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Graeme Finds Out That Some Wars Are, In Fact, Good For Absolutely Somethin’. Huh.

Graeme McMillan

THE WAR AT ELLSMERE is the kind of book that makes you wonder why its author – in this case, Faith Erin Hicks, who did Zombies Calling a couple of years ago for SLG, which was also a lot of fun – isn’t much better known and feted as a “meteoric talent” or “one to watch” or something similar by a hundred bloggers. To spoil the review, let’s start with me telling you that it’s Very Good, and go from there.

It’s a tough book to talk about, because what makes it work so well is the execution as much as anything else; to talk about the plot could make it sound a little too like a less magical, less sentimental Harry Potter (although, I admit, if there was a new “The [Blank] at Ellsmere” book every year, I’d be a happy man) or like too many other stories; a poor girl gets into an exclusive private school on a scholarship and discovers a world of snobbery, cliques and mystery. But Hicks isn’t a lazy writer, and for every familiar plot device she uses, she gives it enough honesty and originality to win you over nonetheless (The dynamic between heroine Juniper and lead Mean Girl Emily is more complex than you might expect, and more interesting because of it, for example); for all their familiarity, the characters feel individual and not like stereotypes, and you believe in them.

(Also, the argument can be made that YA fiction – of which this is definitely an example, and in a weird way, the Minx book that never was, although that sounds like more of a backhanded compliment than was intended, especially considering the critical/commercial failure of much of that line. It has much more… energy, perhaps? Enthusiasm? than any of the Minx books, and feels much less studied and focused, in a good way; perhaps it’s a good model for what Minx could have been – can get away with a more familiar, simpler story with more familiar, simpler characters. I’m not sure that I completely believe that, but something that I kept thinking throughout the entire book was that it was a perfect book for its target audience, and not in the negative sense.)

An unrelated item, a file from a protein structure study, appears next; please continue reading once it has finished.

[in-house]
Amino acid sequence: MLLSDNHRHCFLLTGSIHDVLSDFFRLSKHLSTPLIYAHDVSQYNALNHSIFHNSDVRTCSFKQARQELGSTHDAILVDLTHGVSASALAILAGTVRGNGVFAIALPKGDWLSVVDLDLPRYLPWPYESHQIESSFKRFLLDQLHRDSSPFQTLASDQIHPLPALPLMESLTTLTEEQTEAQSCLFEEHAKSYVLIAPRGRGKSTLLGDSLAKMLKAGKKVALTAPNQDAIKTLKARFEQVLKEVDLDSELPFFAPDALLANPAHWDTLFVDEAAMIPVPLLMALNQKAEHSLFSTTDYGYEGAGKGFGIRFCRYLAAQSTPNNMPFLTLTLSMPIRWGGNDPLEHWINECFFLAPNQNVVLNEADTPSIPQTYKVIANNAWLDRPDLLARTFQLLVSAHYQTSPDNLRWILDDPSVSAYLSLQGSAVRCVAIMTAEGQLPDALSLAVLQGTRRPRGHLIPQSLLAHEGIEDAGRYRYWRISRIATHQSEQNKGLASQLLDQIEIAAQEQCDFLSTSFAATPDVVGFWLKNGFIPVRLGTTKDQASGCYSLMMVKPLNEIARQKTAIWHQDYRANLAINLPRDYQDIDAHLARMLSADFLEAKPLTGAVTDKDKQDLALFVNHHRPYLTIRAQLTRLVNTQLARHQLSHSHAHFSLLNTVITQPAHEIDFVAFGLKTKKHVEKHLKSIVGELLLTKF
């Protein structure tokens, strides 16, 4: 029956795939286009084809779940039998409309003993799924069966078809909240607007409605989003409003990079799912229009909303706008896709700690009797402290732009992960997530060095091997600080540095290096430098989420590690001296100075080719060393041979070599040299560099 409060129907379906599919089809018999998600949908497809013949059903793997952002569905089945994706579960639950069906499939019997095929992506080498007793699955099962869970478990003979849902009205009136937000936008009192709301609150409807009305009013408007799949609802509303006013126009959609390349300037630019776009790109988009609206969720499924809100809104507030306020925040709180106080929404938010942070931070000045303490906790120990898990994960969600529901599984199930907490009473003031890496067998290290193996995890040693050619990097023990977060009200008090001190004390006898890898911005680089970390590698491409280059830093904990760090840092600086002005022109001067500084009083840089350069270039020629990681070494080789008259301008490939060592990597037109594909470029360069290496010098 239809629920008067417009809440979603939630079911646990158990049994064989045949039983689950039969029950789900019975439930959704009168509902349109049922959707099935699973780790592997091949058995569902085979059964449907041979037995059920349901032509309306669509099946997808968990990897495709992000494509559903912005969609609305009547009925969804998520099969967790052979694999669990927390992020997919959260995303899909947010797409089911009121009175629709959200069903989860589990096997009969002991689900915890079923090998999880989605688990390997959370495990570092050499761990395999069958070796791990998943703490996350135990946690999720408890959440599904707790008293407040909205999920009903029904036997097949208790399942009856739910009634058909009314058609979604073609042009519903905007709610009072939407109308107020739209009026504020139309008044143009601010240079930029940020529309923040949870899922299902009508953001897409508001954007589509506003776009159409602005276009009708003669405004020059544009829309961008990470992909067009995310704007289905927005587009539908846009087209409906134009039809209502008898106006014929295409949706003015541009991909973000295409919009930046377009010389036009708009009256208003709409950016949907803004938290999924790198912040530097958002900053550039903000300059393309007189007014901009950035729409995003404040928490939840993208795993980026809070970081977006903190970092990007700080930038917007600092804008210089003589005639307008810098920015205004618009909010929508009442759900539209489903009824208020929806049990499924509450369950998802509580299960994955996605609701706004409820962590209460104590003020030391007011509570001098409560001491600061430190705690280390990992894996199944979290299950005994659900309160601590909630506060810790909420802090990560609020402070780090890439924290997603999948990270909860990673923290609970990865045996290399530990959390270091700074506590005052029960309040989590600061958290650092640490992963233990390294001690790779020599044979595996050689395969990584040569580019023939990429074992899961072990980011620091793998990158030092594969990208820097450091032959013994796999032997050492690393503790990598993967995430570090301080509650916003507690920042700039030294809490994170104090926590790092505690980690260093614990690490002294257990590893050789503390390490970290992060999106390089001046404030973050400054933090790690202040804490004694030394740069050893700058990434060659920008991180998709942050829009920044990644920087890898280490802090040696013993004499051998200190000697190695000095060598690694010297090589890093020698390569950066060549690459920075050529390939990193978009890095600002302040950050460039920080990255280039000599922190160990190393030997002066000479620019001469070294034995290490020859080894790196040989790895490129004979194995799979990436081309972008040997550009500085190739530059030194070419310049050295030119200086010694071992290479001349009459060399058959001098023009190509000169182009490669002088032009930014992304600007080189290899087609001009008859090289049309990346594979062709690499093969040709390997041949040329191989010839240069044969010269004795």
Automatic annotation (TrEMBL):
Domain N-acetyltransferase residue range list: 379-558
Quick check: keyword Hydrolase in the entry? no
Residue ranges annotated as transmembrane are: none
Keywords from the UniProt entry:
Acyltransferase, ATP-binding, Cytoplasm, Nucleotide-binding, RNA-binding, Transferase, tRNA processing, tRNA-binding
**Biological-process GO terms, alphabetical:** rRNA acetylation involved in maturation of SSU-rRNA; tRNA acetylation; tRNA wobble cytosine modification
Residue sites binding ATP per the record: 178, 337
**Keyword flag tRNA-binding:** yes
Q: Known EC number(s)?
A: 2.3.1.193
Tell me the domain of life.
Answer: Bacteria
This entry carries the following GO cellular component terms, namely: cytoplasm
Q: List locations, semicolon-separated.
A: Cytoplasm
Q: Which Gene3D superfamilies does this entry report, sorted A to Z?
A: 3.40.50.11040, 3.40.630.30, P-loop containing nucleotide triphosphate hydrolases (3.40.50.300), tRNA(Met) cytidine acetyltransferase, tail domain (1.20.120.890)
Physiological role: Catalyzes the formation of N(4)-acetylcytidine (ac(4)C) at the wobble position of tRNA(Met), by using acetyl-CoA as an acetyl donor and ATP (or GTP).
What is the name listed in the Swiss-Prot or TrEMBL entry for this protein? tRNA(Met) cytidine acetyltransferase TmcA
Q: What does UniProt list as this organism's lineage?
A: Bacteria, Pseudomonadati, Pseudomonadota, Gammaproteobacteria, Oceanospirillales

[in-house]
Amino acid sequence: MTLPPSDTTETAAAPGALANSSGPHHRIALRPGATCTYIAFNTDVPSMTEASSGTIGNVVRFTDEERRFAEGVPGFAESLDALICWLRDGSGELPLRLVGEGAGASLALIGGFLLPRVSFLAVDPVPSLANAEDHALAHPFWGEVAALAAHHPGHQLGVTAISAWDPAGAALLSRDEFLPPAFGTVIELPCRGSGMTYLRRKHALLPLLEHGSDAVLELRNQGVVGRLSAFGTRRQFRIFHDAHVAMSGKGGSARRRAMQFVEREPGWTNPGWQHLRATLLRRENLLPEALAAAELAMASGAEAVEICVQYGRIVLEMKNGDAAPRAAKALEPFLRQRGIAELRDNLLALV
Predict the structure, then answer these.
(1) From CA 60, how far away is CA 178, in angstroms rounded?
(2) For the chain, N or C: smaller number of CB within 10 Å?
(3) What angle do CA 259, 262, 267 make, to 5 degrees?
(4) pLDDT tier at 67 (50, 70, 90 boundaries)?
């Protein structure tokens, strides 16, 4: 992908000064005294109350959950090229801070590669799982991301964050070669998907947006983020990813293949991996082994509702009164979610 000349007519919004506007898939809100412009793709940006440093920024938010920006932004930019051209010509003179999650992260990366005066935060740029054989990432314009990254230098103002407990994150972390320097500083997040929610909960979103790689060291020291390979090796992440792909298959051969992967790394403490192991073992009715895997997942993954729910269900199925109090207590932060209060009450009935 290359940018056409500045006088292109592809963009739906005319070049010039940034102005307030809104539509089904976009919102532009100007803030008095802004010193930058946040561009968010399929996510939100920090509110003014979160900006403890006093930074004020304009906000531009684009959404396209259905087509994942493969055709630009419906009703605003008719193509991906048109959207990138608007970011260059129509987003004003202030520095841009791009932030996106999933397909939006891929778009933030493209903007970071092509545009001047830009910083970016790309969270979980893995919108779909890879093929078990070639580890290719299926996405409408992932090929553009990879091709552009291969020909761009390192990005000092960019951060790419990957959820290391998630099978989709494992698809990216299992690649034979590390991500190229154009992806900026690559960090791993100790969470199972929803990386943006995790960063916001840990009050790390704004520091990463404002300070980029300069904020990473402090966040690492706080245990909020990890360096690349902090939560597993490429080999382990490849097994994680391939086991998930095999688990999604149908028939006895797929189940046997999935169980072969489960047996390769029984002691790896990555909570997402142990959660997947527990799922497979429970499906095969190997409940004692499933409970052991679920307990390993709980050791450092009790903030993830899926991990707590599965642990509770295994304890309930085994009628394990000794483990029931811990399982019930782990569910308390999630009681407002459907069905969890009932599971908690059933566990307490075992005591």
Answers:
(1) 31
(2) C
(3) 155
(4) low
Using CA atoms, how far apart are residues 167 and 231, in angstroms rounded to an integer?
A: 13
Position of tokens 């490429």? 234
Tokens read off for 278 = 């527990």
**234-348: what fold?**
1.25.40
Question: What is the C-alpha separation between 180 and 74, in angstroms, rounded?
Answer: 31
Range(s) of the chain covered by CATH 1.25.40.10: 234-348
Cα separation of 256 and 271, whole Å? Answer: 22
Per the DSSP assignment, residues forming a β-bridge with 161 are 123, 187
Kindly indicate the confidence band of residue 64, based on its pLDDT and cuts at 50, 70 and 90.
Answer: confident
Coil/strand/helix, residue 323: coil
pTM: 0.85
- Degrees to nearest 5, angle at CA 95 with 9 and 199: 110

All of this is helped considerably by Hicks’ art, which has progressed from Zombies Calling towards something simpler, more graphic and immediate – Yeah, I know there’ve been comparisons to Bryan Lee O’Malley’s Scott Pilgrim art, but there are as many differences as similarities, to be honest. It’s like a scruffier take on something like Craig McCracken’s stuff, but with the occasional surprising note of something unexpected (No-one else will see this, but I swear there’s some Dave McKean in there. Some Hope Larson and Craig Thompson, too), but all without seeming too derivative and managing to feel all of its own style, at the same time. If nothing else, take a look at the book for the art alone – especially Cassie talking about trees on pages 63 and 64. It’s a wonderful-looking book.

I’m almost suspicious of liking something as much as I did this book; I second-guess myself and wonder if I’m missing some flaw that everyone else will see straight away, or whether I’ve been lured in by great art and enjoyable story and there’s some larger ART point that I’ve forgotten (That last one I tend to get over pretty quickly), but fuck it: This book isn’t perfect (the ending is a little too “THERE MUST BE A SEQUEL”) or for everyone; people who want to see Bullseye dress up as Hawkeye and shoot arrows through people might not appreciate it, but who cares? It looks great and warms the heart, while making you smile and worry that everything’ll turn out okay. Like I said at the start; it really is very good.

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